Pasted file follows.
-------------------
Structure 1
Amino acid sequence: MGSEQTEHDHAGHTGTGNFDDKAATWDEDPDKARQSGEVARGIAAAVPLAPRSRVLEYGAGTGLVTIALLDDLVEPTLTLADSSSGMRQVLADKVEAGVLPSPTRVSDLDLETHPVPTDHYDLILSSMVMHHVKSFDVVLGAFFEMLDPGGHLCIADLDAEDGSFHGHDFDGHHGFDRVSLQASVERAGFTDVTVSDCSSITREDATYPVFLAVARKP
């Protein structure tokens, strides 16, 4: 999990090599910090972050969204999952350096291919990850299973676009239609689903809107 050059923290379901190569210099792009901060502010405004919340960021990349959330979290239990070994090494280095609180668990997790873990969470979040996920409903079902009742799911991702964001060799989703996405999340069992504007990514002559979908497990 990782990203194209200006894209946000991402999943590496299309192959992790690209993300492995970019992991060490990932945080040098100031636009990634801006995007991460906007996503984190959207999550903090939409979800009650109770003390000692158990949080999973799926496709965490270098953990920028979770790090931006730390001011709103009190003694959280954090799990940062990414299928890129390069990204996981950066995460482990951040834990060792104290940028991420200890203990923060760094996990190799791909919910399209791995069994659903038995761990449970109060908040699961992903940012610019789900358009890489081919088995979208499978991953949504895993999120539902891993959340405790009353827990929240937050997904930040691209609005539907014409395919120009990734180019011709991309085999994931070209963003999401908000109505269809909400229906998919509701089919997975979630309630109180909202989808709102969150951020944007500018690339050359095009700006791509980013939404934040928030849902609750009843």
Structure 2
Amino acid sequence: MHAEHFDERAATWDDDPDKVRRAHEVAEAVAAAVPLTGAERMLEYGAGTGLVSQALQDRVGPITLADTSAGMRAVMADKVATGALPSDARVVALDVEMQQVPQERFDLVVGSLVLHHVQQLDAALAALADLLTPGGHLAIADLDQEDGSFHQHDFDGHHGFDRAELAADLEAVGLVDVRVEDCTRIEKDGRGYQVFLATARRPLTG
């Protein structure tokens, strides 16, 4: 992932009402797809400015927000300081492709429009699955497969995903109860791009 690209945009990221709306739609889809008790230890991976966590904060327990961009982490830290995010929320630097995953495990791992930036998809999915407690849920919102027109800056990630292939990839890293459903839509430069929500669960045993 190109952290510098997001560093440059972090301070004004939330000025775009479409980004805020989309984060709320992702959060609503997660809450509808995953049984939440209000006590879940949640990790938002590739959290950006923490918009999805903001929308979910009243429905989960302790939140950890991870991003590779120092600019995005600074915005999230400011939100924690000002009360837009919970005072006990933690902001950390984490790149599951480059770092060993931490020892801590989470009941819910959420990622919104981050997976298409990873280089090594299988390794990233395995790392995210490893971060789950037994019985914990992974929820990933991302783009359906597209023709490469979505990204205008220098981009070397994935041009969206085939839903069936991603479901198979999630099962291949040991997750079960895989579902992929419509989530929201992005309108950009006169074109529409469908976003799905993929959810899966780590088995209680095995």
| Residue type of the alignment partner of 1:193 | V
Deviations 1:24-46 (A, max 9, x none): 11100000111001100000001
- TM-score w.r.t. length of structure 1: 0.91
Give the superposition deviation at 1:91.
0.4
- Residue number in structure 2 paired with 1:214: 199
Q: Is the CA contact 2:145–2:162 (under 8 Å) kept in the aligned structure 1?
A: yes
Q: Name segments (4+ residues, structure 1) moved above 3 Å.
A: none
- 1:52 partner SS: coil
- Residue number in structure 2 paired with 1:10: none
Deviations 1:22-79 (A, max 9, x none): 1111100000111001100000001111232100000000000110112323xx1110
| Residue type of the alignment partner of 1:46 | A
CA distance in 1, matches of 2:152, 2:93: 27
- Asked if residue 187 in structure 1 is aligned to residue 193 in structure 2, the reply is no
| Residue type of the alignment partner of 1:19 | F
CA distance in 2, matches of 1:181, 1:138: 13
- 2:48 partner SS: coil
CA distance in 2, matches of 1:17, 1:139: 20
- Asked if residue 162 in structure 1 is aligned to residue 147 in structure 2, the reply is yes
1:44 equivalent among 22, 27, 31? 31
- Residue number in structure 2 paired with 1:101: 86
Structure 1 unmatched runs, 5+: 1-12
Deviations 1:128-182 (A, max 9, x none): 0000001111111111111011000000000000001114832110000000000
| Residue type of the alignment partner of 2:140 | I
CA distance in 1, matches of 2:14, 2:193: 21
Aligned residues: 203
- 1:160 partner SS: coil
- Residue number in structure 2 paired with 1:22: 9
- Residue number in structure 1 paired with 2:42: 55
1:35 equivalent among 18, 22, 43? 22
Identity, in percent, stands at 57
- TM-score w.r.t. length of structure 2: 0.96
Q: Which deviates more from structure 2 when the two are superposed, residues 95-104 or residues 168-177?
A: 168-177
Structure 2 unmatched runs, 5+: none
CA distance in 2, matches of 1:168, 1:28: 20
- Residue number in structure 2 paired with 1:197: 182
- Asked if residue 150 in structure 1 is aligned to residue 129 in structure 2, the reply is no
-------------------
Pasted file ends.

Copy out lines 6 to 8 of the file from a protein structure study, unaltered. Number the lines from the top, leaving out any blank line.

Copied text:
């Protein structure tokens, strides 16, 4: 992932009402797809400015927000300081492709429009699955497969995903109860791009 690209945009990221709306739609889809008790230890991976966590904060327990961009982490830290995010929320630097995953495990791992930036998809999915407690849920919102027109800056990630292939990839890293459903839509430069929500669960045993 190109952290510098997001560093440059972090301070004004939330000025775009479409980004805020989309984060709320992702959060609503997660809450509808995953049984939440209000006590879940949640990790938002590739959290950006923490918009999805903001929308979910009243429905989960302790939140950890991870991003590779120092600019995005600074915005999230400011939100924690000002009360837009919970005072006990933690902001950390984490790149599951480059770092060993931490020892801590989470009941819910959420990622919104981050997976298409990873280089090594299988390794990233395995790392995210490893971060789950037994019985914990992974929820990933991302783009359906597209023709490469979505990204205008220098981009070397994935041009969206085939839903069936991603479901198979999630099962291949040991997750079960895989579902992929419509989530929201992005309108950009006169074109529409469908976003799905993929959810899966780590088995209680095995």
| Residue type of the alignment partner of 1:193 | V
Deviations 1:24-46 (A, max 9, x none): 11100000111001100000001